Tag Archives: MD

What Men Need to Know About Prostate Cancer

by Terence Chapman, MD, Director of Urologic Oncology, Lexington Medical Center
Urologist, Lexington Urology

Prostate cancer is one of the most common types of cancer in men. While it is a diagnosis that men dread receiving, the survival rate for men with prostate cancer has increased over the years thanks to better screening and treatment options. While 1 in 6 men will be diagnosed with prostate cancer, only around 1 in 33 die of the disease.

Risk Factors
There are multiple risk factors for prostate cancer; some are genetic, but some can be reduced by diet and lifestyle choices.

Age – While 1 in 6 will be diagnosed with prostate cancer, the risk of getting prostate cancer increases as men age.

Ethnicity – African-American men have a higher incidence of the disease, and they are more likely to get it at an earlier age, have more aggressive cancers and a higher risk of death than other men.

Dr. Terence Chapman

Family History – Men who have an immediate family member (father, brother) diagnosed with prostate cancer are more likely to develop the disease.

Smoking – There is evidence that prostate cancer risk may be double for heavy smokers. Smoking is also linked to a higher risk of dying from prostate cancer.

Diet/Lifestyle – The risk may be higher if you eat more calories, animal fats, refined sugar and not enough fruits and vegetables. Lack of exercise is also linked to poor outcomes.

Obesity – Being obese increases the risk of dying from prostate cancer. A man can decrease risk by maintaining a healthy weight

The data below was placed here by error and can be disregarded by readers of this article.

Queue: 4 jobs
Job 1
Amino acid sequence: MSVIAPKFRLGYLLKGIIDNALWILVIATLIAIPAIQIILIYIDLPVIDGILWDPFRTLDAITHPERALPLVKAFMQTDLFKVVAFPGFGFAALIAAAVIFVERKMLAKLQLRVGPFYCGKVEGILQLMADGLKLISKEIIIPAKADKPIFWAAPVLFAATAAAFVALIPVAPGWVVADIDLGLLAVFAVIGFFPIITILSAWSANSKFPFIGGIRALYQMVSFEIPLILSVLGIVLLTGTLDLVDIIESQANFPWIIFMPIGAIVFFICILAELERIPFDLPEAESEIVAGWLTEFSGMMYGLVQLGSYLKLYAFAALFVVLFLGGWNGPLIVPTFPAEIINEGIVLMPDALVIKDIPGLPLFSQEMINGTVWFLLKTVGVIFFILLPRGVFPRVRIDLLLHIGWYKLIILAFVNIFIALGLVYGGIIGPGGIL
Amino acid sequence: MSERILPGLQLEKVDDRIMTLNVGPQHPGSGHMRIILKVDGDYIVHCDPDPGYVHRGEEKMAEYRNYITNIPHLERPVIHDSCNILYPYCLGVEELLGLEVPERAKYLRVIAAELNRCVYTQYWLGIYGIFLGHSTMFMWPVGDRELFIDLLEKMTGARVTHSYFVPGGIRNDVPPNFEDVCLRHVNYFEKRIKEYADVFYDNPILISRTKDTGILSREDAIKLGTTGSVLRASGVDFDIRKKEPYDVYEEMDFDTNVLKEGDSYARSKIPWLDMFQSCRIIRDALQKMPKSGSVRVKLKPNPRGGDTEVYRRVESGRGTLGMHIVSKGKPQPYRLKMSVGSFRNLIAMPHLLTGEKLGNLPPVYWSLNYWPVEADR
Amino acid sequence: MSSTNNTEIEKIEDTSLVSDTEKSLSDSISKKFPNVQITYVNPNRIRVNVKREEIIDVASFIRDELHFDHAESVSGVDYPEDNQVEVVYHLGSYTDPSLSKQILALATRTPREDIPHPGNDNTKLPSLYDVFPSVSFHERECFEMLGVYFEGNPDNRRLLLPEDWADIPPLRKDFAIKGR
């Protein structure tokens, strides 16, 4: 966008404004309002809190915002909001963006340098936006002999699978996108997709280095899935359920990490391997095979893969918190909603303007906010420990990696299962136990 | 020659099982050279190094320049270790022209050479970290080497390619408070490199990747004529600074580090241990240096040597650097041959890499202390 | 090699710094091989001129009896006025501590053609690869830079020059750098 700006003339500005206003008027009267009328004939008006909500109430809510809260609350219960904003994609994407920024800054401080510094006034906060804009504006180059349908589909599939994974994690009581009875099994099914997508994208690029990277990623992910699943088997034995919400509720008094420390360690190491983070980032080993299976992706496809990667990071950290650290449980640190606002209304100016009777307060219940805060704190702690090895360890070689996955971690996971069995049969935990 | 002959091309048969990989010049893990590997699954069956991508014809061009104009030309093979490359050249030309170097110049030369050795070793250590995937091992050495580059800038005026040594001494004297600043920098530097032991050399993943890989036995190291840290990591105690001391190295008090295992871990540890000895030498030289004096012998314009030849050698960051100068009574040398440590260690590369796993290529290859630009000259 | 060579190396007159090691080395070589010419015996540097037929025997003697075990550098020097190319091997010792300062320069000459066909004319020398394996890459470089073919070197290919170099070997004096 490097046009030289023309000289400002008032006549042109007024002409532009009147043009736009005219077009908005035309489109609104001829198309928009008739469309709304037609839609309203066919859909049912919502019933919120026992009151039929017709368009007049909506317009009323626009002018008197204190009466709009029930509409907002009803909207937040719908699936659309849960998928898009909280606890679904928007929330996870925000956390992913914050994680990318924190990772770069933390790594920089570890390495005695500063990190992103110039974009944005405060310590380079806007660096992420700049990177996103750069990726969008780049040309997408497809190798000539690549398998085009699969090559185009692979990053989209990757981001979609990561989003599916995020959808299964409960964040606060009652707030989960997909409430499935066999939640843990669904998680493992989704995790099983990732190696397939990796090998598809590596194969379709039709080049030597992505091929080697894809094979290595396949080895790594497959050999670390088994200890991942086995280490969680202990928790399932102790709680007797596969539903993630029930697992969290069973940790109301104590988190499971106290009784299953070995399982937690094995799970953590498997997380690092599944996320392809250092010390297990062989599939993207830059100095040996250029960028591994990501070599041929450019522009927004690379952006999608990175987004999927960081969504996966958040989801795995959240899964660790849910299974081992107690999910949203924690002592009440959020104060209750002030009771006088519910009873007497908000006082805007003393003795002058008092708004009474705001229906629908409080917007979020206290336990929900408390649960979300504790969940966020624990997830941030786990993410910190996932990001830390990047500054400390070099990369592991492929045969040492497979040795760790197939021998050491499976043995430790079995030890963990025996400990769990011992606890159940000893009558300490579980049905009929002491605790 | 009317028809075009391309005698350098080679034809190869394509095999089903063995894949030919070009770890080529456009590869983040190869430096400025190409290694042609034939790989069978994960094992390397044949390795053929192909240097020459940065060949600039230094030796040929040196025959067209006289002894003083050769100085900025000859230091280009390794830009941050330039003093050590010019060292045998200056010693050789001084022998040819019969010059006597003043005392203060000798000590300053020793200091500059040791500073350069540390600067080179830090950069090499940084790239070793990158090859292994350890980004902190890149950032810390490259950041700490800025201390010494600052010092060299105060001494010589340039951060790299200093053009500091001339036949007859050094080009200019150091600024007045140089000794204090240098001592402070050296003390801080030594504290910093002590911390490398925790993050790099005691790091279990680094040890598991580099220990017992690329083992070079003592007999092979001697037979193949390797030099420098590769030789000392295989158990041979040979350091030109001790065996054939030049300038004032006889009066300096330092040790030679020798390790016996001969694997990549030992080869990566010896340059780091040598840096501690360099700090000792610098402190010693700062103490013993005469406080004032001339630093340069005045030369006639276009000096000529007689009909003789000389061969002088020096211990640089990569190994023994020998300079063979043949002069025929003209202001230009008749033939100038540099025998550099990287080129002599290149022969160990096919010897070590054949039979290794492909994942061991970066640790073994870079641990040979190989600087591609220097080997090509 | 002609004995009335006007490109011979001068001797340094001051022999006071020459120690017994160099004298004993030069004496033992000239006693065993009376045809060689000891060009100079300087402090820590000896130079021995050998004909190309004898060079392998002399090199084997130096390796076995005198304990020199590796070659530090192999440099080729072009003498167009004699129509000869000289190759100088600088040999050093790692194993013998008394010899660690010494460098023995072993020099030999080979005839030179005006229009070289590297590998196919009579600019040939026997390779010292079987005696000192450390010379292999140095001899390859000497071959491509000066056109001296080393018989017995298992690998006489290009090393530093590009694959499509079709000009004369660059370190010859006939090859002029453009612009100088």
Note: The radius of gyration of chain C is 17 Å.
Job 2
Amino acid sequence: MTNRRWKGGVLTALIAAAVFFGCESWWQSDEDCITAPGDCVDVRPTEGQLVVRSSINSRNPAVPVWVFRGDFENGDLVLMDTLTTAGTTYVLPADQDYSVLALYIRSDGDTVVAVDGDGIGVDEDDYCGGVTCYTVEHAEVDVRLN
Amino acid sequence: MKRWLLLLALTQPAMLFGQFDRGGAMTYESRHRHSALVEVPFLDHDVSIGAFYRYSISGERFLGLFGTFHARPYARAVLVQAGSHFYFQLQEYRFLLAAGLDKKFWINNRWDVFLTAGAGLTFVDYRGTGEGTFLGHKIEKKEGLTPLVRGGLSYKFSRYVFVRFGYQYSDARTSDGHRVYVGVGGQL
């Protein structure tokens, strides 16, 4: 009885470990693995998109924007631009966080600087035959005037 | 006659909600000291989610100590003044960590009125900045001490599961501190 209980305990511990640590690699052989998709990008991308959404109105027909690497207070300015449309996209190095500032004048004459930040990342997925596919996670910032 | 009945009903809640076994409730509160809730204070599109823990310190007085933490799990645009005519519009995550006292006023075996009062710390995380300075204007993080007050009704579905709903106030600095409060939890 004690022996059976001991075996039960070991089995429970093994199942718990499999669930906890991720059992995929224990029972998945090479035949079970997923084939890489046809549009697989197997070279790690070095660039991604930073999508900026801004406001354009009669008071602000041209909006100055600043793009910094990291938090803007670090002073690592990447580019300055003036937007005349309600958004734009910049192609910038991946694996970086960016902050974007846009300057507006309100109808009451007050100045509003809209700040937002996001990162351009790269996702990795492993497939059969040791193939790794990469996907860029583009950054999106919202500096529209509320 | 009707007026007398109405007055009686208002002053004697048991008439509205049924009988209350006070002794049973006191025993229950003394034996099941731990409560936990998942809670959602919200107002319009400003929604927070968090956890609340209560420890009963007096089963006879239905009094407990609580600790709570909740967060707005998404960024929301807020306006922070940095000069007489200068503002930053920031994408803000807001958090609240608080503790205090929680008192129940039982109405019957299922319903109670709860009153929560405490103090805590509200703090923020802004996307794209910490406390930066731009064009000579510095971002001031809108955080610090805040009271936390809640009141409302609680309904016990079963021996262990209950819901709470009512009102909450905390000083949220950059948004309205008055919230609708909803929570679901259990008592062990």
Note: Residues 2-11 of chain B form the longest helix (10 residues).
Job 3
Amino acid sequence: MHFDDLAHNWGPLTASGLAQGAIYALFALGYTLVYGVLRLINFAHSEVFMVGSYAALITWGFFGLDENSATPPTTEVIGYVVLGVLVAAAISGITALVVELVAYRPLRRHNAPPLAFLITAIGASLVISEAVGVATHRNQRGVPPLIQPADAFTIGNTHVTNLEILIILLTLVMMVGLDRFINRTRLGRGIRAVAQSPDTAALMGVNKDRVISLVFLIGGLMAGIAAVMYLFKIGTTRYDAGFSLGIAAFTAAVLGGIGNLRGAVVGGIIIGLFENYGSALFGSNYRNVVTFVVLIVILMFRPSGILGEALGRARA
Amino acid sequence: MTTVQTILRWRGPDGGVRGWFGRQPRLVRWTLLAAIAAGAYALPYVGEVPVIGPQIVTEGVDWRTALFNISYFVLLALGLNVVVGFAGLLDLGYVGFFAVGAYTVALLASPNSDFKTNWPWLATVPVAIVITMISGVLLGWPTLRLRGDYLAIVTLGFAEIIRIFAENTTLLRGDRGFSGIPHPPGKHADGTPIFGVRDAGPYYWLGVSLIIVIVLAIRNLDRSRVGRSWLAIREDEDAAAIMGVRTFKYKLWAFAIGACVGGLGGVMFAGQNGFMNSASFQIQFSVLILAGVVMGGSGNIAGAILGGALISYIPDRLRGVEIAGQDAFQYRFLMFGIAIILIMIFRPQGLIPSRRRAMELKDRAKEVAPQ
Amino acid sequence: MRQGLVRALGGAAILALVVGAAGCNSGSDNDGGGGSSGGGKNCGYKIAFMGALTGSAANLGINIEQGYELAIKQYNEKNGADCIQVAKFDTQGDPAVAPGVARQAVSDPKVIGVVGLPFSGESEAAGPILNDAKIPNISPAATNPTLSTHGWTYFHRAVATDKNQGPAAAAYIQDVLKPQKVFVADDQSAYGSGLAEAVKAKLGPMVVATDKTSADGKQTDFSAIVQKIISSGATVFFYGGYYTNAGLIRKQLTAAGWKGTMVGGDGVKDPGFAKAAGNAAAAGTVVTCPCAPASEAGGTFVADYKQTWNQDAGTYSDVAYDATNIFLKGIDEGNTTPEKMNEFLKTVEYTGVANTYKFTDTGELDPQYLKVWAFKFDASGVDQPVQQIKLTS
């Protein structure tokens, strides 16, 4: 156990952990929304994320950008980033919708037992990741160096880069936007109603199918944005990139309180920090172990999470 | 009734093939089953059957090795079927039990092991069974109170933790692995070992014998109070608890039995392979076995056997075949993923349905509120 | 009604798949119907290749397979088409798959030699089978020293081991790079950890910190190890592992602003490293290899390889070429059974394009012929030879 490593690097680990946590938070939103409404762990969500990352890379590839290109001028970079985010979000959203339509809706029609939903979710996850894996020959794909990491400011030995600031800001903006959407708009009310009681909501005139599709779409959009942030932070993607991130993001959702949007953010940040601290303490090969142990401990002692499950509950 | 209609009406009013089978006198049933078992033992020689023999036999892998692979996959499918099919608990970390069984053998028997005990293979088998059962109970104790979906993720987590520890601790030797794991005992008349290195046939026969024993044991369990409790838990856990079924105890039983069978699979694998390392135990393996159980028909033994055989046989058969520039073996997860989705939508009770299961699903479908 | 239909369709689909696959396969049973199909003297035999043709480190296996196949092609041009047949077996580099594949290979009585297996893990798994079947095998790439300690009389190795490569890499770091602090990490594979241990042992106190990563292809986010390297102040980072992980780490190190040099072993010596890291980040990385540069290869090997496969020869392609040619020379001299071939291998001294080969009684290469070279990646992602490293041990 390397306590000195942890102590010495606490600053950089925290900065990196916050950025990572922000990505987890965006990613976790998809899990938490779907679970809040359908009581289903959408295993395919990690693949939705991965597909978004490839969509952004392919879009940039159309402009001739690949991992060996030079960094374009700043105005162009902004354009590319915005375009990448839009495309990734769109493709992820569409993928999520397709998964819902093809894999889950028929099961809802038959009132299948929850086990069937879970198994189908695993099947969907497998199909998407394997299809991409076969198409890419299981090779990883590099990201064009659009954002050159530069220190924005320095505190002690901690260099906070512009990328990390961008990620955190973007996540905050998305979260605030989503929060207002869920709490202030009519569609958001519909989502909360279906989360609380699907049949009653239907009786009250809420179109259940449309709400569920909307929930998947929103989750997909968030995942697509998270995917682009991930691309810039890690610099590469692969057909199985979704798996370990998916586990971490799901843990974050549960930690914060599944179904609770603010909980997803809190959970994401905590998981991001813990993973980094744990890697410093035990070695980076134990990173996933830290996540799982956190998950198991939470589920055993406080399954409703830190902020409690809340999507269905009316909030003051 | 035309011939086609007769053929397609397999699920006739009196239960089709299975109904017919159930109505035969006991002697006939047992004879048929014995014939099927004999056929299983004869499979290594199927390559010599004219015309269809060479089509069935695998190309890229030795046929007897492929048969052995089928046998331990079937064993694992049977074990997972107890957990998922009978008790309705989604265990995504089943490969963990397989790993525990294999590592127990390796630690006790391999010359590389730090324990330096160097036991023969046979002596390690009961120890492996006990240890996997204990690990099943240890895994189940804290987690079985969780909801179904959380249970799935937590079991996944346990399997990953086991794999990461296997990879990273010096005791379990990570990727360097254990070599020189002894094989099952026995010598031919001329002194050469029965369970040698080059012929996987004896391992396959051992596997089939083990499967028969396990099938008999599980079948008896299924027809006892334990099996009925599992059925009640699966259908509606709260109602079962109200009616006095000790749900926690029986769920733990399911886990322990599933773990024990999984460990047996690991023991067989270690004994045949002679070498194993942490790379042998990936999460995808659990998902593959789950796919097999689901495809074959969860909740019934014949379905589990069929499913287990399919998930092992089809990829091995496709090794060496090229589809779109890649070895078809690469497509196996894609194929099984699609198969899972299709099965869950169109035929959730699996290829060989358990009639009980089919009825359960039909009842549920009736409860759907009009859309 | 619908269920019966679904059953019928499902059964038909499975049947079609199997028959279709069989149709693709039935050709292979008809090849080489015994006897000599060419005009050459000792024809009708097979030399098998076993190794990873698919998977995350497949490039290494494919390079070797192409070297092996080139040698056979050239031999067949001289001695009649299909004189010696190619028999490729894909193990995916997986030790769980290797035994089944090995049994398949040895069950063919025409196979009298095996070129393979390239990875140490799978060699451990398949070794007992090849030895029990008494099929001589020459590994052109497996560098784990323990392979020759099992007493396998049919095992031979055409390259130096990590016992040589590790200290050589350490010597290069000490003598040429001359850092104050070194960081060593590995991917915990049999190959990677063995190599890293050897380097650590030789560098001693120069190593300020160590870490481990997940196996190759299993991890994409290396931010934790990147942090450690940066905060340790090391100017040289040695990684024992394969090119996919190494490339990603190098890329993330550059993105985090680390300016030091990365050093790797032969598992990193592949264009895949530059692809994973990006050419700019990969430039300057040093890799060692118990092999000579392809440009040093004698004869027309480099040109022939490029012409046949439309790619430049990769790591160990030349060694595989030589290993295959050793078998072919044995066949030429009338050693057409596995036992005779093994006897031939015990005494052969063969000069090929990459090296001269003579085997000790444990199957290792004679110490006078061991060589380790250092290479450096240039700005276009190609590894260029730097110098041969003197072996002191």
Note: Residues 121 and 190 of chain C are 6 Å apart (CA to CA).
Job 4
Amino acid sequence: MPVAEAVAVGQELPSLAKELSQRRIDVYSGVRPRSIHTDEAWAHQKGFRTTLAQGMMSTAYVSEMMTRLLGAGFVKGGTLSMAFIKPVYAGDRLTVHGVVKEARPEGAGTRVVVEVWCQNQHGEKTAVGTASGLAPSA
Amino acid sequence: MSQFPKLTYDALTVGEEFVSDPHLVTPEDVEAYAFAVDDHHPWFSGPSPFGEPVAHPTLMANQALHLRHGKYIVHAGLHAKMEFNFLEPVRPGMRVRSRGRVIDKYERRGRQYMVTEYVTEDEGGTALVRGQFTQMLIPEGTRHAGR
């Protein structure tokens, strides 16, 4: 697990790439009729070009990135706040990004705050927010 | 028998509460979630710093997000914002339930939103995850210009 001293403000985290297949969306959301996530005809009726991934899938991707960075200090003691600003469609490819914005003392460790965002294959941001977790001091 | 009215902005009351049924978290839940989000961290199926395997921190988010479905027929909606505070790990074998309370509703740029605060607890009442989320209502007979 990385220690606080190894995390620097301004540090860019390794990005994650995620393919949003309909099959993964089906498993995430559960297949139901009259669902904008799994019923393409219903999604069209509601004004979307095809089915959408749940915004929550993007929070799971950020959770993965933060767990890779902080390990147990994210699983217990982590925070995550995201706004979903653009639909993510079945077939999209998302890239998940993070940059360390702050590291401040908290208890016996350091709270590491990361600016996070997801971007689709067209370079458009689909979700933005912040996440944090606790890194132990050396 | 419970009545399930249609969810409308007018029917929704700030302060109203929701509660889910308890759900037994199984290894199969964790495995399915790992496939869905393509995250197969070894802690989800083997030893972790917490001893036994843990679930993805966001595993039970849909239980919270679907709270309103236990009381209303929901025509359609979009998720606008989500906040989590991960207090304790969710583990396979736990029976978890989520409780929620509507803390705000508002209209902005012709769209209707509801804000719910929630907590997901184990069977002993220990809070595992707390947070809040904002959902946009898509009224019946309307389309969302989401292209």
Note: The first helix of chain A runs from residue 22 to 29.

Screening
It is recommended for all men to have a baseline PSA at age 40 which can help determine future relative risk and to individualize screening frequency based on a number of factors including their overall health, initial PSA level, prostate size, race and family cancer history.

It’s also important to know that an elevated PSA doesn’t always indicate cancer. Many men may have slightly elevated PSA levels because of other causes

After age 70, the value of PSA screening likely declines, depending on a man’s overall health.

Diagnosis
If there is a significantly high or increased PSA level or a significant change in prostate size, a prostate biopsy may be indicated. Through biopsy and additional testing, the physician diagnose prostate cancer and more accurately determine the severity (grade and stage) of the cancer.

Treatment
Though there are multiple treatment options, many cancers will not require treatment. In fact, more men than ever are eligible for initial surveillance. Faster growing tumors that are potentially life-threatening are more likely to require treatment.

Patients and physicians collaborate to determine the right course of treatment, depending on the tumor’s grade and stage, age and overall health of the patient as well as the patient’s willingness to accept potential side effects of treatment.

Treatment choices for prostate cancer include:
*Surveillance, including active surveillance and watchful waiting to monitor the tumor’s growth

*Localized therapies, including surgery, radiation therapy, cryotherapy and focal therapy

*Systemic therapies, including hormonal therapy, chemotherapy and immunotherapy

*At Lexington Medical Center Cancer Center, an affiliate of Duke Health, we follow the National Comprehensive Cancer Network guidelines for treating prostate cancer. Our multi-disciplinary team of surgeons, medical oncologists, radiation oncologists, pathologists, nurse navigators and social workers meets bi-weekly to collaborate and determine the best course of treatment for each patient diagnosed with prostate cancer. We also participate in clinical trials to offer new treatment options to our patients.